Inaugural ETA Alumni Symposium Reveals the Intricacies of Buying and Building a Business

Over the last six years, Chicago Booth’s Entrepreneurship through Acquisition (ETA) program has taken off as a popular focus for students. It’s also become a subject of interest for University of Chicago alums across the globe. To give alums a taste of what Boothies learn in ETA courses offered, Brian O’Connor, an adjunct assistant professor at Booth and the founder and managing partner of NextGen Growth Partners, along with the Polsky Center for Entrepreneurship and Innovation hosted the first-ever Alumni ETA Symposium on April 12. O’Connor, one of the nation’s foremost educators on ETA, conducted two sessions before the symposium closed with a panel—seven expert practitioners of different positions in the acquisition process who offered invaluable insight.

The model for this symposium differs from the annual ETA Conference, which welcomes over 600 attendees and connects search fund entrepreneurs, investors, MBA students, faculty, and other active members of this entrepreneurial ecosystem with each other to share insights. This symposium was specifically designed for alumni interested in buying and building a business. The sessions, led by O’Connor, concentrated on the models of ETA, the pre-acquisition process, and advice for each step—from selecting an industry and target to meeting investors and closing deals, to transitioning into the executive office. The symposium then shifted to a panel discussion, allowing the attendees to see the real-world applications of O’Connor’s lecture topics.

Sam Duprey, vice president of finance and corporate development at Kingsway Financial Services Inc, was the first to speak. As an investor who has worked with a variety of asset classes, including traditional search and self-funded, he spoke of the traits that investors look for in an entrepreneur—intelligence, hunger, and integrity. However, he added that rather than having a rubric for a business model to follow, he instead watches for warning signs that he knows to avoid from experience.

“There’s a bunch of ways for a deal to go wrong, and one way for it to close right.”

— Dave Newberry

The conversation turned to the difficult necessity of walking away from deals. Several panelists shared stories about deals that fell through due to uncontrollable circumstances in order to illustrate their point that a hopeful entrepreneur must accept that time, diligence, and money may not always be enough.

This segued into Dave Newberry, MBA ’15, discussing deals that fell through during his own search. Despite these setbacks, however, Newberry is now president and CEO of Contada Global, attributing this success to being permissive, accepting the many uncontrollable variables involved with business acquisition, and continuing to work hard despite the uncertainties. As another panelist concluded, “It is mostly luck, but that’s the best way to maximize that luck.”

“Don’t be afraid to walk away[…] Make sure you’re not emotionally chasing deals.”

— Darrin Shillair

Darrin Shillair, MBA ’16, the president of specialty sales brought up one of the biggest problems that searchers struggle with: becoming too affixed on what seems like a great deal. Duprey chimed in to add that even though continuing to work hard throughout the process is important, it is also necessary to find another activity to channel energy into. This advice was “the single best way to prevent getting too hungry for any one deal.” As the deal approaches a monumental point, Shillair stressed that staying disciplined will prevent the emotional attachment from agreeing to unbeneficial compromises just to close the deal.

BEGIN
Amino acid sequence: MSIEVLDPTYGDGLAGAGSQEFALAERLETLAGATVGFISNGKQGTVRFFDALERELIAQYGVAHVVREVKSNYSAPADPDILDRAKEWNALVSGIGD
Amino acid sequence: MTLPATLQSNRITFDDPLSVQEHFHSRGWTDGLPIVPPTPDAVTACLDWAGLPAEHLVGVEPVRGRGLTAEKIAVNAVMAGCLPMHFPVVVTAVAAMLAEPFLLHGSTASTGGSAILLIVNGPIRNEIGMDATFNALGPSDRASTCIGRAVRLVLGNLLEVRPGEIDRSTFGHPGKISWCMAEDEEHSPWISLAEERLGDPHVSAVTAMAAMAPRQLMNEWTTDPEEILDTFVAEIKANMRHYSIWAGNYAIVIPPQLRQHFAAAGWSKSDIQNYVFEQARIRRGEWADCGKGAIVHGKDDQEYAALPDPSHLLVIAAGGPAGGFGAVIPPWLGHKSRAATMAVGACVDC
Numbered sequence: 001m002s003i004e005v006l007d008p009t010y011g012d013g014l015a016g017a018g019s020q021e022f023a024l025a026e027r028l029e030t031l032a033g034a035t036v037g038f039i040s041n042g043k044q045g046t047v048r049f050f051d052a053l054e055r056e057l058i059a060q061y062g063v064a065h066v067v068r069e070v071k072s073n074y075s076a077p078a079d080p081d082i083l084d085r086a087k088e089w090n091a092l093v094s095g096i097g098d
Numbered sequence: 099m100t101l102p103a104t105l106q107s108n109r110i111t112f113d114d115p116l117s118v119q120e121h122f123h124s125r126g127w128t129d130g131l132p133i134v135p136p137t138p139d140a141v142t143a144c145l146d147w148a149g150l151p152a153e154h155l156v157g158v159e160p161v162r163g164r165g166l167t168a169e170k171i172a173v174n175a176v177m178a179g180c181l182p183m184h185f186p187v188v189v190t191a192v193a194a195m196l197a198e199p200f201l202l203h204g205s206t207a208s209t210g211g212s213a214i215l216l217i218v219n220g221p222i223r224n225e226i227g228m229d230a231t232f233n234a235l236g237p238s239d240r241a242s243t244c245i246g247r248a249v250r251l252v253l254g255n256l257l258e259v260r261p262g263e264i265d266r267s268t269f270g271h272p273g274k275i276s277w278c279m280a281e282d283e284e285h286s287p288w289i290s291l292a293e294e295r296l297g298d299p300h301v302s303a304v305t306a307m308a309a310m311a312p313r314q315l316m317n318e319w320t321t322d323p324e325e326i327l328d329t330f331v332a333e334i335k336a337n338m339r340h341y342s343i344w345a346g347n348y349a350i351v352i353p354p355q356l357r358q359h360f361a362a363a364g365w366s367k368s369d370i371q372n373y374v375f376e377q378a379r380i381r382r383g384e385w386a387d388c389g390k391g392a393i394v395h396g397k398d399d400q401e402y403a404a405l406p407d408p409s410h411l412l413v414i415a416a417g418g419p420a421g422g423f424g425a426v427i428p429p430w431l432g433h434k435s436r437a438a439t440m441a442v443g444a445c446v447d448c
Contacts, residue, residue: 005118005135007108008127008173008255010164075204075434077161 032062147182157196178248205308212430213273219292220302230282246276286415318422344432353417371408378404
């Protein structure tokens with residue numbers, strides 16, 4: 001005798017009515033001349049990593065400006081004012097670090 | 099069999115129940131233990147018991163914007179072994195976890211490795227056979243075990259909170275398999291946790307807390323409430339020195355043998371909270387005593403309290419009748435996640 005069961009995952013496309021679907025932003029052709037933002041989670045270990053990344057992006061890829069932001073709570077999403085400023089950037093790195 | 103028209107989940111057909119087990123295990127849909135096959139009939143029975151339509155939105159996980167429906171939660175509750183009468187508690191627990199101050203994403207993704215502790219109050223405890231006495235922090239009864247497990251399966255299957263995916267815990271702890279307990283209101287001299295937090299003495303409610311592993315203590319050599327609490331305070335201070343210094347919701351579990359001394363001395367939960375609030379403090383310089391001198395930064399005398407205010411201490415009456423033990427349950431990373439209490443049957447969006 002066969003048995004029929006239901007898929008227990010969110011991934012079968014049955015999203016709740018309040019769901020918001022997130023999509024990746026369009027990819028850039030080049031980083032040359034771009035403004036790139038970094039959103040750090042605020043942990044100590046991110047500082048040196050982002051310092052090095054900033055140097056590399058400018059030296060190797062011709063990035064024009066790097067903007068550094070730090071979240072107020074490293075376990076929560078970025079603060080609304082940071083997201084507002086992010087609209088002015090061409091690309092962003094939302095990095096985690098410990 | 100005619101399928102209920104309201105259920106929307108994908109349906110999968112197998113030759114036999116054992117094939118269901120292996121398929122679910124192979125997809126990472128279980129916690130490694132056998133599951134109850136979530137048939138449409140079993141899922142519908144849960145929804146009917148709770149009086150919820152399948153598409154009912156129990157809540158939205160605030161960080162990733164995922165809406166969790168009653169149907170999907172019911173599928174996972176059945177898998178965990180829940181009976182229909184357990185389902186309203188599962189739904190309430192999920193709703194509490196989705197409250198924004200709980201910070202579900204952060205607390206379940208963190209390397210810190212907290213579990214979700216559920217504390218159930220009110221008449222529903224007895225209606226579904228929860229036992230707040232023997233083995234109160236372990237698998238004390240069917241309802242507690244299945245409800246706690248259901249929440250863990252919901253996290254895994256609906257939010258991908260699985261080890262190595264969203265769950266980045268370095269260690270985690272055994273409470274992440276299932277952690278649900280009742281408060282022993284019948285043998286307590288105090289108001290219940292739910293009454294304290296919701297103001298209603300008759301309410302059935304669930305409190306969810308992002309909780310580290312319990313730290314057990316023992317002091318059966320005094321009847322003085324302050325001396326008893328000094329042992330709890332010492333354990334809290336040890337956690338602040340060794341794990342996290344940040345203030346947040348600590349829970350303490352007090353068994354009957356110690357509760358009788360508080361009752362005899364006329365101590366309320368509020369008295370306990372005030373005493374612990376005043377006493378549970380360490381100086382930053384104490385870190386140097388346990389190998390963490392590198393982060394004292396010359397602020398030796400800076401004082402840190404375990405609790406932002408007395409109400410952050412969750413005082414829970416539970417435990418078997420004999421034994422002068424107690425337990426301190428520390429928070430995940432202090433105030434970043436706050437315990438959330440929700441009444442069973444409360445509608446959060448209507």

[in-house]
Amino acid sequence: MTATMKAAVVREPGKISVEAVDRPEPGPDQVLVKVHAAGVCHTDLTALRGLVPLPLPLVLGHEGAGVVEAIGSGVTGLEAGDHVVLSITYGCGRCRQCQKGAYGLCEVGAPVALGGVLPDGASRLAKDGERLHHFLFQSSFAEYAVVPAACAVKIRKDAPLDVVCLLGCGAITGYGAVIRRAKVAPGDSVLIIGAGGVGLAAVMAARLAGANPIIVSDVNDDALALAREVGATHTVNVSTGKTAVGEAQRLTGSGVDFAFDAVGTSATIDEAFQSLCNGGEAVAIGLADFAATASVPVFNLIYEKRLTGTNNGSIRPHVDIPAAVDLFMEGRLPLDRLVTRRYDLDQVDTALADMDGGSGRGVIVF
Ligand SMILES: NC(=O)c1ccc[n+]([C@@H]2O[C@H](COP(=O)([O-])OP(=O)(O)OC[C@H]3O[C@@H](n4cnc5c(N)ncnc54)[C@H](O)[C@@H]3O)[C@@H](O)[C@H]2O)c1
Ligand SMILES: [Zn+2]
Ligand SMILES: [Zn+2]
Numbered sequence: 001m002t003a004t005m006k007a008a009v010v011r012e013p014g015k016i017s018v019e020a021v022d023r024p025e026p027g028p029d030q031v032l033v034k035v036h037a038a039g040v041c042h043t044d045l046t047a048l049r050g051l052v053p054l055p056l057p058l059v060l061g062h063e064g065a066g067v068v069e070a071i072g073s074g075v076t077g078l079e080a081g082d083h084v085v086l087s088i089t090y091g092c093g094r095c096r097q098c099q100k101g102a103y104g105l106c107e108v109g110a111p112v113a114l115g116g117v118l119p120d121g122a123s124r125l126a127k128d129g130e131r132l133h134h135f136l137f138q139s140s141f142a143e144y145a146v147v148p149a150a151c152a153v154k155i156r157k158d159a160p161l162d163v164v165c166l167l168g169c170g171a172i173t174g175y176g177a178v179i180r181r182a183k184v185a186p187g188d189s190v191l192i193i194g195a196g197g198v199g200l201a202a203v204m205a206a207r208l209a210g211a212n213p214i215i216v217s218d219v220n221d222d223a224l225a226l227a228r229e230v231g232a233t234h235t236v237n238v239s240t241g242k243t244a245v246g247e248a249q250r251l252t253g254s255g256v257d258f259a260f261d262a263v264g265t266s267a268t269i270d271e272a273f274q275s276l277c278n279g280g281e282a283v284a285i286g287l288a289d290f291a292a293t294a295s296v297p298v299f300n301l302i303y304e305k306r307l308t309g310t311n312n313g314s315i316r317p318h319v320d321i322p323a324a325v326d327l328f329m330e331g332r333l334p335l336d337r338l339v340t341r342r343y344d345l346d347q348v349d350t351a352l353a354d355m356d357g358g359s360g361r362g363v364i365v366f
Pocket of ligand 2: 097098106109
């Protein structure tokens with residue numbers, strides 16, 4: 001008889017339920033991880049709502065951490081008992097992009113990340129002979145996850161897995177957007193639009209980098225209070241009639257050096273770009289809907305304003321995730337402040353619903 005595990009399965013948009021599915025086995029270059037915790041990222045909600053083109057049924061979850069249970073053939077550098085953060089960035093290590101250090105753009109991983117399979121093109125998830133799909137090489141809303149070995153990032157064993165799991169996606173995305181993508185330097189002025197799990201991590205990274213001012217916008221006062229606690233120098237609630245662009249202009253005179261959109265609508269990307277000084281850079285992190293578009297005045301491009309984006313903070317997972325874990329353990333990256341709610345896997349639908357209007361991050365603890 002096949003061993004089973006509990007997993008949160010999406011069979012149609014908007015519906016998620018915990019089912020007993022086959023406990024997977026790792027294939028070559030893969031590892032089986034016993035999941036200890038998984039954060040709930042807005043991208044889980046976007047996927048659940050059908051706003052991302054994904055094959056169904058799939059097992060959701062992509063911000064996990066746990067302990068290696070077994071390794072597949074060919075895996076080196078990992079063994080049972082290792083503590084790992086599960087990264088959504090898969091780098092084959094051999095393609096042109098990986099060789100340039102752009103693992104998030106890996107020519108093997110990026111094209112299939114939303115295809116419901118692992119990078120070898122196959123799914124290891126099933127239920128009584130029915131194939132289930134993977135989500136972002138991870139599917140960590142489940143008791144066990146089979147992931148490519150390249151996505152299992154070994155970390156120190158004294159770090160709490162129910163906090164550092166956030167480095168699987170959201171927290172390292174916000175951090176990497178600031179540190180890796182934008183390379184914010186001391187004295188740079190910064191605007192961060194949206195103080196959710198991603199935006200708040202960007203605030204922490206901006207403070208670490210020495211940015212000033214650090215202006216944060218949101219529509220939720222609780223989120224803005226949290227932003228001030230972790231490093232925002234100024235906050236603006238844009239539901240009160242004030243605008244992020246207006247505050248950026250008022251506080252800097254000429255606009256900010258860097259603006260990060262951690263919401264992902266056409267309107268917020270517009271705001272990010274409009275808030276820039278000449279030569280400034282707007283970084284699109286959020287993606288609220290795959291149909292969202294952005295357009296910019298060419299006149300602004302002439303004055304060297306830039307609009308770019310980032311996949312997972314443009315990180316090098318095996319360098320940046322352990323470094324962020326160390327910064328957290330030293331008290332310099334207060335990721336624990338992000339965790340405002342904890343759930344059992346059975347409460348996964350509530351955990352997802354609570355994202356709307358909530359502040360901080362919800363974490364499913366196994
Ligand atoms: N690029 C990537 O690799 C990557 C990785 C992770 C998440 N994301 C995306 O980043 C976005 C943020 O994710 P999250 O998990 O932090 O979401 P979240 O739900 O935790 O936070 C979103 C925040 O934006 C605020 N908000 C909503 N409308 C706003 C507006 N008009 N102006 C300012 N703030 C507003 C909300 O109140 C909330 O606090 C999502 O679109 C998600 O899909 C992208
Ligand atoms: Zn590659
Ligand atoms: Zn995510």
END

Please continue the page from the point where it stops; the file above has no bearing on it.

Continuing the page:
“Funds do make a huge difference, [but] just think about how time is the biggest commodity that you have.”

— Josh Weiss, MBA ’17

Panelists then began to break down the costs and best practices of a search and highlighted a few resources that areas valuable as they are expensive. Raam Jani, a shareholder at Vedder Price and a member of the firm’s corporate practice, recommended hiring a lawyer from the beginning of an acquisition, as it would show commitment, while also minimizing the time and effort spent trying to figure out the details of the LOI.

A principal with Miller Cooper, Tad Render, discussed the importance of utilizing firms like his as a resource to verify the seller’s proposed financials and growth. By working with an accounting firm, the searcher would be ensured that they are moving forward with a sound acquisition and possibly decreasing the purchase price even on the day of close. Render also encouraged small businesses to communicate with the seller if struggling to cover costs required to close the deal, as occasionally, they may agree to split the costs rather than have the deal falling through.

Most of the other panelists joined in to advise developing a good relationship with the seller and employees when making the transition into an operating role—Shillair highly recommended not talking about plans to improve the business in order to build rapport with the staff and to “just learn”, as not all the details will be known.

Special thanks to sponsors Live Oak Bank, Vedder Price, and Miller Cooper. This event would not have been possible without your generous support and the valuable expertise that your representatives provided as panelists. Those interested in attending the next Alumni ETA Symposium are encouraged to contact Nora Mansfield at

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